Laying the 2016 Reds to Rest

Laying the 2016 Reds to Rest

Photo by Dilip Vishwanat/Getty Images

Remember those old highlight videos that teams used to produce years ago? The 1990 Reds had one called “Wire to Wire,” and I wore out my copy of the 1990 World Series highlights. After the current Reds season that is now—mercifully—drawing to a close, I’m thinking about putting together a highlight reel that tells the story of this year’s club. It’ll be available only on VHS (obviously), and I already have a name for it:

The 2016 Cincinnati Reds: Precisely What Did You Expect?

Might need to add a hashtag or a Harambe meme or something in the title, but once I figure out the marketing specifics, I’m sure it’ll sell like hotcakes. (Mmmmm…hotcakes.) After all, this is a season that we’re all going to want to re-live, right?

Actually, there are some things about the 2016 season that we’ll want to remember—more on that in a minute—but mostly we’re going to want to bury the details of this campaign as deep in the back of our collective brains as possible. I want to forget that first-half bullpen and poor, injured Devin Mesoraco. Alfredo Simon was very likely one of the five worst pitchers in Reds history, but he wasn’t alone: the Reds allowed more home runs than any team. Ever. The club even traded away one of most affable players in club history.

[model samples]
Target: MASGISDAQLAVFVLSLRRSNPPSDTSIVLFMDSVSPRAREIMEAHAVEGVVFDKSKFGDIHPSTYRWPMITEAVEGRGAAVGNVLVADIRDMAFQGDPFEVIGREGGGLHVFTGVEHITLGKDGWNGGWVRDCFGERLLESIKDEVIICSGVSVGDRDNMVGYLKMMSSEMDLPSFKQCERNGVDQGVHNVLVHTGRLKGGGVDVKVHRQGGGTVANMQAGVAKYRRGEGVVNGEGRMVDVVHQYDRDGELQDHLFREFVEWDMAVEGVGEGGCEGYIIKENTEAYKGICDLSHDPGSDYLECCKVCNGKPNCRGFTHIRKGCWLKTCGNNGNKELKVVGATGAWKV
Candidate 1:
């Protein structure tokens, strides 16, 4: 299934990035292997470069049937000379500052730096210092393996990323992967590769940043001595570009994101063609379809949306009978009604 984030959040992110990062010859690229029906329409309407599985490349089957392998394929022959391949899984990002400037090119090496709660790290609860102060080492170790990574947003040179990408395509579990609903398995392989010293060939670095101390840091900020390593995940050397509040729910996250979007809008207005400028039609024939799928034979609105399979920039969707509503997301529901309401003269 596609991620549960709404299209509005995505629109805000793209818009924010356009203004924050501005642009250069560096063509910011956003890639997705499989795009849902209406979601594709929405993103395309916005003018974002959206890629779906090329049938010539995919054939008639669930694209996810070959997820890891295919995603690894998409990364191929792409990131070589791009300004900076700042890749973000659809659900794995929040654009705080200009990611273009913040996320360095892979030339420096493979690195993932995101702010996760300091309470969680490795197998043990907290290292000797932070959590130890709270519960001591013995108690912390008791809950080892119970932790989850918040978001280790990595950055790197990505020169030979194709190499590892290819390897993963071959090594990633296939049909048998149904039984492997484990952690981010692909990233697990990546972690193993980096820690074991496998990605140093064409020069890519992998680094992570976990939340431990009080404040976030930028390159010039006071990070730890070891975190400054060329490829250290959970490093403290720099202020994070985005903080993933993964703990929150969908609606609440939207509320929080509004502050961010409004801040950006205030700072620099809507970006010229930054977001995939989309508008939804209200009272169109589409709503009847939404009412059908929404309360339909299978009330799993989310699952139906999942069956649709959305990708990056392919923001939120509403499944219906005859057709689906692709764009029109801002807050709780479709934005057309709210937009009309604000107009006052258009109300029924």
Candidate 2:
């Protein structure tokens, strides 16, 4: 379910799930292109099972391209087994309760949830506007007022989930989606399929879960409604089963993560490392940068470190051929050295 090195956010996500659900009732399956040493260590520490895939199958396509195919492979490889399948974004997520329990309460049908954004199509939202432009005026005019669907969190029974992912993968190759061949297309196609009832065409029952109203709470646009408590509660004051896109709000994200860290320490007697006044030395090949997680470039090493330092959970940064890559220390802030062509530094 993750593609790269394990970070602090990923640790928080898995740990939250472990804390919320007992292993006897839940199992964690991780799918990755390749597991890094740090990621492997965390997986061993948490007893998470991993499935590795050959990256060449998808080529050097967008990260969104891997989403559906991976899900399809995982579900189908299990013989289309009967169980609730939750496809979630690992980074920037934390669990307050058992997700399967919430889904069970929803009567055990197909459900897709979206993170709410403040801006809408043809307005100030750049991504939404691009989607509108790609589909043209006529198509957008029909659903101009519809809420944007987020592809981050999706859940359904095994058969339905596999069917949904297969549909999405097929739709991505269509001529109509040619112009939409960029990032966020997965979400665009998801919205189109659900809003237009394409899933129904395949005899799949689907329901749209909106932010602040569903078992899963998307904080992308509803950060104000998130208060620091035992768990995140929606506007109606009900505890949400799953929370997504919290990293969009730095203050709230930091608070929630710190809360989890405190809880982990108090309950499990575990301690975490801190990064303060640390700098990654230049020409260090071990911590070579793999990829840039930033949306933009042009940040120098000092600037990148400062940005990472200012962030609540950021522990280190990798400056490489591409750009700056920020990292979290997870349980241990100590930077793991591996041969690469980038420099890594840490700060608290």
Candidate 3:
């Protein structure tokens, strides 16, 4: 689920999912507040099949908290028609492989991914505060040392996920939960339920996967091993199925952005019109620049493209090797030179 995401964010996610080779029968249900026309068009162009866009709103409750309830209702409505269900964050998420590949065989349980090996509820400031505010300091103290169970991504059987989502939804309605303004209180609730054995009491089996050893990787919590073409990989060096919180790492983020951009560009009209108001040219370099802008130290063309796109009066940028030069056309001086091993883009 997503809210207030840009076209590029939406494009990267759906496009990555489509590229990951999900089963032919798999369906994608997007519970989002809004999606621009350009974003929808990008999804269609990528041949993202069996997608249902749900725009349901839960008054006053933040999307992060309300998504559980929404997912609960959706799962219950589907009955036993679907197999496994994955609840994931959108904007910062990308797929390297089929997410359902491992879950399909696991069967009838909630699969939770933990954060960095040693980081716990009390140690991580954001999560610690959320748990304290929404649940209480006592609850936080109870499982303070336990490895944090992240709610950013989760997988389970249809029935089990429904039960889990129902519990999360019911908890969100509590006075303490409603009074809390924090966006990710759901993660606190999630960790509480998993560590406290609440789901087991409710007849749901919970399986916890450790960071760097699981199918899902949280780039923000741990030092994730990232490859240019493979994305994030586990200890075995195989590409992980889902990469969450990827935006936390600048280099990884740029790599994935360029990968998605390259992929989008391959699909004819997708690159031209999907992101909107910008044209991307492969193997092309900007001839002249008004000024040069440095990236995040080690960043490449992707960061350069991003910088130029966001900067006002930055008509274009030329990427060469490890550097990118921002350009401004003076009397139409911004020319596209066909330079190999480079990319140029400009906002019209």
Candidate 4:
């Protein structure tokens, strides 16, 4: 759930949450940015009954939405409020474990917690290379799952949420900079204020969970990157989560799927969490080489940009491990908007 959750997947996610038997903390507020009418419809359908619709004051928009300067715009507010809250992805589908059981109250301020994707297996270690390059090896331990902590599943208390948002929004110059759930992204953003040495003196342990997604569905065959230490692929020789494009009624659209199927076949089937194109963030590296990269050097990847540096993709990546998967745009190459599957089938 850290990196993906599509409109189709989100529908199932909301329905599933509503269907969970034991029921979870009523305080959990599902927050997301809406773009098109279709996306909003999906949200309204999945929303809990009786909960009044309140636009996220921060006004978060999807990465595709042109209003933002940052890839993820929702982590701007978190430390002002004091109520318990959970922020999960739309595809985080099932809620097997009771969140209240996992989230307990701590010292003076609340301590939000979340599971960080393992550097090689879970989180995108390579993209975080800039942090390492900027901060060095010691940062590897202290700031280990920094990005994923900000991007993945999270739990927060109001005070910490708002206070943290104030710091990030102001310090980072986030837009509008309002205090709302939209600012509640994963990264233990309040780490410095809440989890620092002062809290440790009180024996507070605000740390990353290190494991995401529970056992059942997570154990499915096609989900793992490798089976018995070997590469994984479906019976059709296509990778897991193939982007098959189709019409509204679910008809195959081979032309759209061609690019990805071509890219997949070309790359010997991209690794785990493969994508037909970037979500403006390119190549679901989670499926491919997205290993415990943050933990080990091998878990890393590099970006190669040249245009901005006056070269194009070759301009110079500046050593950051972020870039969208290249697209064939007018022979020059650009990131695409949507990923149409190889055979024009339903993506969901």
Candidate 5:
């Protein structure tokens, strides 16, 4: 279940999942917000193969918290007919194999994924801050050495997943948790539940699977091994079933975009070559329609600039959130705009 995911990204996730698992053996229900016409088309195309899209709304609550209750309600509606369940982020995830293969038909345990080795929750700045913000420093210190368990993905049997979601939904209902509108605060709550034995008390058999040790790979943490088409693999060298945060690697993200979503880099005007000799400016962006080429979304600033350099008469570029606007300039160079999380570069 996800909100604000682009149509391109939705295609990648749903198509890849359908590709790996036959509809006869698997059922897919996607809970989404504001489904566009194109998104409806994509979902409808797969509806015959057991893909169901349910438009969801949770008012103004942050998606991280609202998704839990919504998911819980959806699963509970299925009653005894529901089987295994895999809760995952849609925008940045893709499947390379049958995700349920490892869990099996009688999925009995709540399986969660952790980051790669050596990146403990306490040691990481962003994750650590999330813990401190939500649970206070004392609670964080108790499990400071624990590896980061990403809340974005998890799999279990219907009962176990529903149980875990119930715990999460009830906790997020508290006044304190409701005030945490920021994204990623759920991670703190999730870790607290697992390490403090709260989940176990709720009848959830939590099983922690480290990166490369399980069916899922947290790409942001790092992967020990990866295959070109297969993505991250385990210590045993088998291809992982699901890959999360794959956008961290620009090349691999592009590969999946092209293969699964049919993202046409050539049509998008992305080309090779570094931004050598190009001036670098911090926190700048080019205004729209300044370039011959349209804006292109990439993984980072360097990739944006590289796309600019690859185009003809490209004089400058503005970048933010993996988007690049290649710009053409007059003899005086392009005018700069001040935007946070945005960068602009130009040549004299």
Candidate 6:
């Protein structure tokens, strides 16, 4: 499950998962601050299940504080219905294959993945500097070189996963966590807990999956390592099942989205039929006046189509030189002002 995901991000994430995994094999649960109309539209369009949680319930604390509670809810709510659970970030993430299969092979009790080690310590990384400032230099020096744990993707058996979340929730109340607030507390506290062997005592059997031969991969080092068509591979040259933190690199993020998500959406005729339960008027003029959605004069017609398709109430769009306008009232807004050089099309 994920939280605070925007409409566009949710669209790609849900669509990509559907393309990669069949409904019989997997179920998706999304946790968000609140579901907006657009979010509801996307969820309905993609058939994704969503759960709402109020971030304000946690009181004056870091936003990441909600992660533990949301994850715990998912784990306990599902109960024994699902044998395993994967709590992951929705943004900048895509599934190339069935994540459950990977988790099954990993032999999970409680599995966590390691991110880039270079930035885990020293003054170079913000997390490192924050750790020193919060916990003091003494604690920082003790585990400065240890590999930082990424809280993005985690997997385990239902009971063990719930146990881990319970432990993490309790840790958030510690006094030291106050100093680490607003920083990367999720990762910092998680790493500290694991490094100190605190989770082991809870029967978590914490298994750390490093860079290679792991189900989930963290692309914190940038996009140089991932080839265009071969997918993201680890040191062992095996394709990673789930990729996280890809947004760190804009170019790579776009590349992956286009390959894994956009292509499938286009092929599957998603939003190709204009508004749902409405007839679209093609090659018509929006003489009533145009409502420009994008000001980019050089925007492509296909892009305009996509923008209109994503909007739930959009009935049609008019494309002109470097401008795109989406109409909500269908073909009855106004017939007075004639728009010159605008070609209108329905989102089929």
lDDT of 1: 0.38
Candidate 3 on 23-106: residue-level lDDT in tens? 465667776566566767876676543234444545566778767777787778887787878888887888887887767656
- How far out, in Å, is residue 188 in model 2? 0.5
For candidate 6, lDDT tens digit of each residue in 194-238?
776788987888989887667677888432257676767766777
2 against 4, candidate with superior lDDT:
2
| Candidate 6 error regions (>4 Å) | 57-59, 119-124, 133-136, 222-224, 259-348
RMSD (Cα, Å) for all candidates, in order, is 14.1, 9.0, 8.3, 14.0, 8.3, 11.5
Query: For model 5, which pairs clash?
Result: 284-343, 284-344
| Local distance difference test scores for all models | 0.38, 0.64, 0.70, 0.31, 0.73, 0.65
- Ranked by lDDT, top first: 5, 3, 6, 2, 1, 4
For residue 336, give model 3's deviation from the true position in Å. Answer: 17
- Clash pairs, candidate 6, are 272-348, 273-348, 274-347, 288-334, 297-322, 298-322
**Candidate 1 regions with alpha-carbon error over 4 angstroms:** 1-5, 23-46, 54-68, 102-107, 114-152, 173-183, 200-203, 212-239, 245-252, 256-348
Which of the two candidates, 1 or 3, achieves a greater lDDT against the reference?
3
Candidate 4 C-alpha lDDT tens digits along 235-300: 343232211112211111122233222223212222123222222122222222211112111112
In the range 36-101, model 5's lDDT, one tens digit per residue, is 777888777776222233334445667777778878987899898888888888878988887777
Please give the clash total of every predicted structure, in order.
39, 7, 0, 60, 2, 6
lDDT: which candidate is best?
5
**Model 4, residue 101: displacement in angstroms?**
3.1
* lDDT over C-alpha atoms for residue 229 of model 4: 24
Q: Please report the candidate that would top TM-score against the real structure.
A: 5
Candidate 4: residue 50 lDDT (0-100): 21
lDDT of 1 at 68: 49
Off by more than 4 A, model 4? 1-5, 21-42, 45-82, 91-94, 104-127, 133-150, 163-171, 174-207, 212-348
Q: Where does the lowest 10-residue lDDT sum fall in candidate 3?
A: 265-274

For the second consecutive season, the ol’ Redlegs topped the 90-loss mark. The last time the Reds lost that many games in back-to-back seasons? You may want to avert your gaze: it was way back in 1930-1934. Yep, just looking at the loss column, this franchise hasn’t had consecutive seasons as bad as 2015-2016 in more than eighty years.

Yikes.

I told you, way back on Opening Day, that 2016 was going to be bad. We all knew from the outset that this was a transition year, the first full season of the Reds going all-in on the rebuild (or as close to “all-in” as owner Bob Castellini will permit). So no one should be surprised that the Reds are going to finish at the bottom of the National League Central once again.

But as I reflected back on our pre-season expectations, I ran across something that Jason Linden wrote here at Nuxhall Way after last season. I hesitate to compliment him publicly, but Jason was prescient:

How good or bad the Reds are next year is going to depend on the development of the new crop of players coming along and how a few players recover from injuries (think Mes and Homer). If the pitching staff develops and the Reds bring in someone like Arroyo to eat innings, I don’t have to work too hard to see them reaching .500 again. Any lineup that has a healthy Votto, Frazier, and Mesoraco in it is capable of doing damage.

Look at that. The Reds were thwarted at almost every turn. Mesoraco and Homer Bailey didn’t recover from injury, and both missed almost all of 2016 on the disabled list. The pitching staff developed somewhat (think Anthony DeSclafani, Michael Lorenzen, Raisel Iglesias, Brandon Finnegan), but had some high-profile setbacks (Cody Reed, Robert Stephenson, John Lamb, in the lower-profile category). And while Disco, Lorenzen, and Iglesias were mostly great, they all spent huge chunks of the 2016 season on the DL themselves.